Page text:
• Planning is well underway for a Consultation@Work conference to be held in October 2017.

Action Area 2: Prioritise sectors, harms, workers and workplaces

High risk sectors:

  • The Government WHS Sector Plan has been drafted and consultation undertaken with representatives from Unions and Government representatives.
  • Consultation for the development of the Agriculture WHS Sector Plan has been held and drafting of the plan is in progress.
  • Consultation across the Construction sector has commenced with over 10 consultation sessions underway. The sessions focus on:
    • what the critical risks are in the construction sector
    • the ways of embedding Work Health & Safety in the construction landscape
    • our regulatory approach – what stakeholders think it should look like.
  • The Manufacturing, Transport & Health Care & Social Assistance WHS Sector Plans are in the planning and data analysis phase.
  • SafeWork NSW has launched a new TradieSafe project in an effort to reduce injuries in the Hunter region’s residential construction industry. Over the next 12 months, SafeWork NSW inspectors will visit construction sites across the region to help tradespersons improve work health and safety in their businesses. TradieSafe will be focusing on the following workplace safety risks during visits:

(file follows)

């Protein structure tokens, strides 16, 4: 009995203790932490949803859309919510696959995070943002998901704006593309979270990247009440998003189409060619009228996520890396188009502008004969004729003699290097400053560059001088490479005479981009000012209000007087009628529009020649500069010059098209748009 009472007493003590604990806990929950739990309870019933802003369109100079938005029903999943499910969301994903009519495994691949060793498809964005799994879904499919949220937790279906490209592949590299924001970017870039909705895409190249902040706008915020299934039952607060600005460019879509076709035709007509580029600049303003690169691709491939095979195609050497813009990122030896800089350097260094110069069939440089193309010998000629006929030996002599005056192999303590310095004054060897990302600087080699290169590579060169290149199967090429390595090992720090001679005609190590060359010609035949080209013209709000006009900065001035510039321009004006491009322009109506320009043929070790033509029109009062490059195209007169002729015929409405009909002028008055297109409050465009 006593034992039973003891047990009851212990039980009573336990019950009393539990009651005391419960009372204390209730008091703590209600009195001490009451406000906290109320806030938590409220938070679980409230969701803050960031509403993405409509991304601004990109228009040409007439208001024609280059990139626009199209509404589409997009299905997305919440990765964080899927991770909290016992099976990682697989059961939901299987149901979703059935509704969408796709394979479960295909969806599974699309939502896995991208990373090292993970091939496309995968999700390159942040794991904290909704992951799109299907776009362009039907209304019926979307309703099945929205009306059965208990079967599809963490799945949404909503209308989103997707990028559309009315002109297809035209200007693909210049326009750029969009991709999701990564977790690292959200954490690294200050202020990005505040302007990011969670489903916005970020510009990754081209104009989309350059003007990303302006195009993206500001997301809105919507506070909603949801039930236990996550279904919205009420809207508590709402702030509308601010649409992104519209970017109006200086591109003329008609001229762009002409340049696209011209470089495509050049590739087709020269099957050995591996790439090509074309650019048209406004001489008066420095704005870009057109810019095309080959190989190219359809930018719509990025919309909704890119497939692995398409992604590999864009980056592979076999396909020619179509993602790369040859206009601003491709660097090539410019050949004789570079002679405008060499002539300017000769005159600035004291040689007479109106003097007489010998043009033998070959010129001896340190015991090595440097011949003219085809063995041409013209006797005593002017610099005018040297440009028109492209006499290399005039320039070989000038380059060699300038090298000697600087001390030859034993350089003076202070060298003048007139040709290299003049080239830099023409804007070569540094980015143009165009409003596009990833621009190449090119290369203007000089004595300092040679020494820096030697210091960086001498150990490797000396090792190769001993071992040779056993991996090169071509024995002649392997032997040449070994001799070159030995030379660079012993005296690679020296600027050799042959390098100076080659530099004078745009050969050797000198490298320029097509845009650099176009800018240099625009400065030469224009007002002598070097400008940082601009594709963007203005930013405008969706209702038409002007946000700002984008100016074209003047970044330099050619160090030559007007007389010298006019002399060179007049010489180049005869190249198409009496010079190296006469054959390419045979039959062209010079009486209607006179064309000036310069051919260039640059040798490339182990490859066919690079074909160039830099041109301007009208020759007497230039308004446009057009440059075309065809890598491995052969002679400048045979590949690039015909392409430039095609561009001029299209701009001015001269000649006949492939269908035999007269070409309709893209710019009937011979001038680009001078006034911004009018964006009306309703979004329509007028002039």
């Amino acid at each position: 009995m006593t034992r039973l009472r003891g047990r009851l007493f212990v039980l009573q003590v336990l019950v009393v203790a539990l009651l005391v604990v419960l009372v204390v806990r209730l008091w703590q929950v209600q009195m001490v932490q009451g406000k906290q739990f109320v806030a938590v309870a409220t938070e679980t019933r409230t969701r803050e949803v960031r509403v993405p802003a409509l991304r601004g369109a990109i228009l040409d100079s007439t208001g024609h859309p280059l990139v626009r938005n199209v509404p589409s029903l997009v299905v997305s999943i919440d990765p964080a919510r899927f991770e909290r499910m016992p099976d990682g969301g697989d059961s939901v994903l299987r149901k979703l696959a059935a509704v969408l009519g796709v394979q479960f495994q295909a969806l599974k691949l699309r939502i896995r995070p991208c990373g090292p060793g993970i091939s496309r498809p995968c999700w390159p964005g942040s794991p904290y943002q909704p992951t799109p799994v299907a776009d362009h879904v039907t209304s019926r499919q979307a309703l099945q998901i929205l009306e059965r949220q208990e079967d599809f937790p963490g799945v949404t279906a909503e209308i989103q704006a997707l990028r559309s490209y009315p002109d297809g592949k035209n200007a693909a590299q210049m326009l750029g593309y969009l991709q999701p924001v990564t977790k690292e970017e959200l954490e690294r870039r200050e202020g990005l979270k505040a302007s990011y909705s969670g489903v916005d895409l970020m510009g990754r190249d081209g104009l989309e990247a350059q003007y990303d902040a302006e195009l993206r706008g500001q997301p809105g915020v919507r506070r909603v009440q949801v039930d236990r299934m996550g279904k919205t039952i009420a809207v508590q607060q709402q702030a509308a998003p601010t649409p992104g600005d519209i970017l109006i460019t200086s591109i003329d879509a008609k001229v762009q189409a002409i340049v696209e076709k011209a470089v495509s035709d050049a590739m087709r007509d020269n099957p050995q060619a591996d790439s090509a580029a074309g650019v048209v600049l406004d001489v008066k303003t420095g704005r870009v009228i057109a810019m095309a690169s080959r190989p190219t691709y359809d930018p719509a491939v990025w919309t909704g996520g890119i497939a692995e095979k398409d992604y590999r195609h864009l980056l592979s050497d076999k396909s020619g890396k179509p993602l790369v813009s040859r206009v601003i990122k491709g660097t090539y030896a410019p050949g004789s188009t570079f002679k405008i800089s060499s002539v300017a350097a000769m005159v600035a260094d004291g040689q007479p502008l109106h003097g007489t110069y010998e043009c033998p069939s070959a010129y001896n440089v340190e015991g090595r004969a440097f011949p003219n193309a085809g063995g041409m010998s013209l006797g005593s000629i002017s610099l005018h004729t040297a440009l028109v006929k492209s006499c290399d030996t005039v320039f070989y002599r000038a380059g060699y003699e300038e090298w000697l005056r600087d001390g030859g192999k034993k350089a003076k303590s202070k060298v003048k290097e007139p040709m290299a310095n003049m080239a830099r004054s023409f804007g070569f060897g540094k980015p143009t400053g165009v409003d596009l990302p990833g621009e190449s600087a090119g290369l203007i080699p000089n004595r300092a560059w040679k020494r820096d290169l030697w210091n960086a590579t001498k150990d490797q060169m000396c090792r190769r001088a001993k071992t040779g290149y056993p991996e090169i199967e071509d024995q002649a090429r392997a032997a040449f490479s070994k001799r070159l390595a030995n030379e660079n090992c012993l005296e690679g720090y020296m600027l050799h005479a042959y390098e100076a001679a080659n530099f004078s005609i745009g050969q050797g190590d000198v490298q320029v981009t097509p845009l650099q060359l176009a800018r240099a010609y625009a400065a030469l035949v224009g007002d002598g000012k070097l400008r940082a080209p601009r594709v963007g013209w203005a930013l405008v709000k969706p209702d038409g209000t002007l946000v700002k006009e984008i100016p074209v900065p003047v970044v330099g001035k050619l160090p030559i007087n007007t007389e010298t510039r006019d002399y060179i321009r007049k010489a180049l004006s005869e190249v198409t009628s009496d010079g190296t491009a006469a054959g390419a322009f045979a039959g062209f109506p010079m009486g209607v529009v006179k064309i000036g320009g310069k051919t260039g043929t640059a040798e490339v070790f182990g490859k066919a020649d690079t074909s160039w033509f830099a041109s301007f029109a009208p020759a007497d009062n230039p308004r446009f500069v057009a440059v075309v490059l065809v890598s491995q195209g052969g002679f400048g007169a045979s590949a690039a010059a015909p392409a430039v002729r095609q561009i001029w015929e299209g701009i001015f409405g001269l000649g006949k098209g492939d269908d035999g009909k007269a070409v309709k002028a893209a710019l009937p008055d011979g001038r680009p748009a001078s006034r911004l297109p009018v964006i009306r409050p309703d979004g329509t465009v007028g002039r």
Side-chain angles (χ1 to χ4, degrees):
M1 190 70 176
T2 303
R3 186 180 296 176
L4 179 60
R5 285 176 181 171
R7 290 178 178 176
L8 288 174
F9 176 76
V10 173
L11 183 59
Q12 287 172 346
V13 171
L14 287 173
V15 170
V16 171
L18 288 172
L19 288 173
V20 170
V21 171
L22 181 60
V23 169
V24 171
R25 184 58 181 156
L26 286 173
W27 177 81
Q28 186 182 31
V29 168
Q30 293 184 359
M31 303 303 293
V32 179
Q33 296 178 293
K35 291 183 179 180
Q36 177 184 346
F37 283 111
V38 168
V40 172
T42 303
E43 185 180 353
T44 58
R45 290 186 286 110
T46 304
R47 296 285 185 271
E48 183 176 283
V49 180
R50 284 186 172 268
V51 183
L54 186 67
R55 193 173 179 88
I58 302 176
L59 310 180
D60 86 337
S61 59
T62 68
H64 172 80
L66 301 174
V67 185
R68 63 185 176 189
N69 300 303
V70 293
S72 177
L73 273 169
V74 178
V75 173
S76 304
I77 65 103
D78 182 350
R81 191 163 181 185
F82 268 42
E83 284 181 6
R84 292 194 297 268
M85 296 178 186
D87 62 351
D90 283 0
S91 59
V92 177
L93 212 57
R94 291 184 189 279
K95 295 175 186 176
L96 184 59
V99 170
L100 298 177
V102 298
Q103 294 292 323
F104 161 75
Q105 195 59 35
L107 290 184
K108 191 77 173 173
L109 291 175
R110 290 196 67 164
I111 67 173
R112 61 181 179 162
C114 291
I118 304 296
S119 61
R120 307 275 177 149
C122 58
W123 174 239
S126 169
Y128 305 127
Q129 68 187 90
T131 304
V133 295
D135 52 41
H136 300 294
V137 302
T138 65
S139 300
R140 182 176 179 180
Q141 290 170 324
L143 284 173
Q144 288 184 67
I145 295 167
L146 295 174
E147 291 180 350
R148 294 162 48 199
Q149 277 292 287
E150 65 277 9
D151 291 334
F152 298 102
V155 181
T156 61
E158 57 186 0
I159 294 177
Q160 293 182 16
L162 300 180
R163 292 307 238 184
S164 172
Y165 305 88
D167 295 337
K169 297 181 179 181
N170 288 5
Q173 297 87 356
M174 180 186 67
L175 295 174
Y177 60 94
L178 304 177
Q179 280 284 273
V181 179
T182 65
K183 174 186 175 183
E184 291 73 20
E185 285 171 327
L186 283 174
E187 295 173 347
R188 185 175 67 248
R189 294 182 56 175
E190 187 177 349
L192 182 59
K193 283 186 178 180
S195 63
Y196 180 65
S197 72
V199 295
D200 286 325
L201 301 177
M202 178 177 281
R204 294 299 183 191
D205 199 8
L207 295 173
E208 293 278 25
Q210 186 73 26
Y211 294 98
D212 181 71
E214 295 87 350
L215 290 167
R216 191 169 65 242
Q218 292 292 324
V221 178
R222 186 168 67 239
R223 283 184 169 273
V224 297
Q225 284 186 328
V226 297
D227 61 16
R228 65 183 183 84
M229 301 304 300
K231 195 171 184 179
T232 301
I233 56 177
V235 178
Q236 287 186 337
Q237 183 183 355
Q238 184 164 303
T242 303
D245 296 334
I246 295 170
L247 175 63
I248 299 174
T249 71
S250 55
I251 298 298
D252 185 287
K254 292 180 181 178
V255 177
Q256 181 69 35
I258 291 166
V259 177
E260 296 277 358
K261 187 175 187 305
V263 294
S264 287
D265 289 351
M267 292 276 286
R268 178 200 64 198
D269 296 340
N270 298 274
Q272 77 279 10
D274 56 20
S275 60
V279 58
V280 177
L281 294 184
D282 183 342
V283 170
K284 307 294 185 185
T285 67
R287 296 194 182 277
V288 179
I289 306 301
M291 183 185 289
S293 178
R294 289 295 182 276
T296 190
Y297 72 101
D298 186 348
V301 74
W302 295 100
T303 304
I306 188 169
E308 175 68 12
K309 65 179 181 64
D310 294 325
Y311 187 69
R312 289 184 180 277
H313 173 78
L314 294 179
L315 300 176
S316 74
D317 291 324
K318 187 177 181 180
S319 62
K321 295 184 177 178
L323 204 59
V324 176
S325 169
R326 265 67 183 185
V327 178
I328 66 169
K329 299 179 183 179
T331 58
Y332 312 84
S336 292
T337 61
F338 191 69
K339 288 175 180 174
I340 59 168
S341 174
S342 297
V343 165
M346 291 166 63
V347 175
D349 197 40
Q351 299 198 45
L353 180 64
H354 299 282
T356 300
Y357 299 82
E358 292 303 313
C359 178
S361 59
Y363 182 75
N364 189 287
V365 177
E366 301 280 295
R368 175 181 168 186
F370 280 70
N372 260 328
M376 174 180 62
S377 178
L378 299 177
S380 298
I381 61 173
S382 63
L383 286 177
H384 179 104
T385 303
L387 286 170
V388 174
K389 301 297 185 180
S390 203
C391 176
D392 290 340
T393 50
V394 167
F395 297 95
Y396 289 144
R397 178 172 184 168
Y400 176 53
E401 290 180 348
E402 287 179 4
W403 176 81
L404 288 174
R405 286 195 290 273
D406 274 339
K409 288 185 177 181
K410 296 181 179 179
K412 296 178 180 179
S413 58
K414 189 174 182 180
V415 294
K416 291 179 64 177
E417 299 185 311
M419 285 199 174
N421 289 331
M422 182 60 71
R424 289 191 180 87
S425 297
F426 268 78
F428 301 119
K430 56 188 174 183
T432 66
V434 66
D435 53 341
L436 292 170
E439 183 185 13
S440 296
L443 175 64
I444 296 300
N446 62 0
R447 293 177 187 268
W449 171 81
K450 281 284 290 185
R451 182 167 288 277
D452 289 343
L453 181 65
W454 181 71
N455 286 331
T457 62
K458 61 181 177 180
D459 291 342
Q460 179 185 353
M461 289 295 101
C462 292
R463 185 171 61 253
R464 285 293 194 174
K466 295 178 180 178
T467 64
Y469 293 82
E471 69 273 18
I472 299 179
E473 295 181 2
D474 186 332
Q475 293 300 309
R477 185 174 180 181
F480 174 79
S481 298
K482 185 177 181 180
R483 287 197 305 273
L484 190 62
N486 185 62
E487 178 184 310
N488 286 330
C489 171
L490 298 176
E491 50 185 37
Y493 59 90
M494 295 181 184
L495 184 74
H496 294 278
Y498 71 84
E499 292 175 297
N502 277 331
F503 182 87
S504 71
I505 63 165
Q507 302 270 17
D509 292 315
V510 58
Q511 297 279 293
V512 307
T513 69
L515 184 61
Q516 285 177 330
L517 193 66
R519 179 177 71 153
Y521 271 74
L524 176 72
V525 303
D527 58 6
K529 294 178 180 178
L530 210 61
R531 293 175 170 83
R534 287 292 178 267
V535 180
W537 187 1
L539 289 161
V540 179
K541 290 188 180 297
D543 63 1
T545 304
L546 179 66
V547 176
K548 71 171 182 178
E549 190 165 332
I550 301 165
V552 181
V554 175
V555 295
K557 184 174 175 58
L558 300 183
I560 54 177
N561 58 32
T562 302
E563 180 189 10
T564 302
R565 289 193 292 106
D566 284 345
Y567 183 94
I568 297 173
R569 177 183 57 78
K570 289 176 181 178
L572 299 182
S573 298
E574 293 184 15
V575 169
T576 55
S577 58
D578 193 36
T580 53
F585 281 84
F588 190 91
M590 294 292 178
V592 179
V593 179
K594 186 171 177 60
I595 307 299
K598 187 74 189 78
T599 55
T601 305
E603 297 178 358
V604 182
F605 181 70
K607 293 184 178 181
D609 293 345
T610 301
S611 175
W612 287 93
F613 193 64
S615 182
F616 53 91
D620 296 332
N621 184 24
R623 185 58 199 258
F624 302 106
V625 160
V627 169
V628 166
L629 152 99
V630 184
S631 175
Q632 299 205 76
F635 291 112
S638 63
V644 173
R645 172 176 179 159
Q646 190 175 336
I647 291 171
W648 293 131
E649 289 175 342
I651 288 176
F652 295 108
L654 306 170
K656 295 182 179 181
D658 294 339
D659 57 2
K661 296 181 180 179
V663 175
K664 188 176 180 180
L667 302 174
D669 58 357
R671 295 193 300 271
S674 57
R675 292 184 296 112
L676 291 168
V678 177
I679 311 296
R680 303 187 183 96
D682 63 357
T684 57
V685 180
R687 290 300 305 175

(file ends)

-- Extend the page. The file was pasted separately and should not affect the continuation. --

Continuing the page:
• falls from heights
    • house keeping
    • personal protective equipment
    • site security.

High impact harms:

  • In June we held a very successful stakeholder forum for the Hazardous Chemicals Materials Exposure Baseline project. 33 stakeholders from a range of industries provided feedback about the proposed ‘top 10’ chemicals of concern from a list of over 40,000 chemicals available in Australia.
  • An interim 2017-18 NSW Statewide Asbestos Plan is being finalised.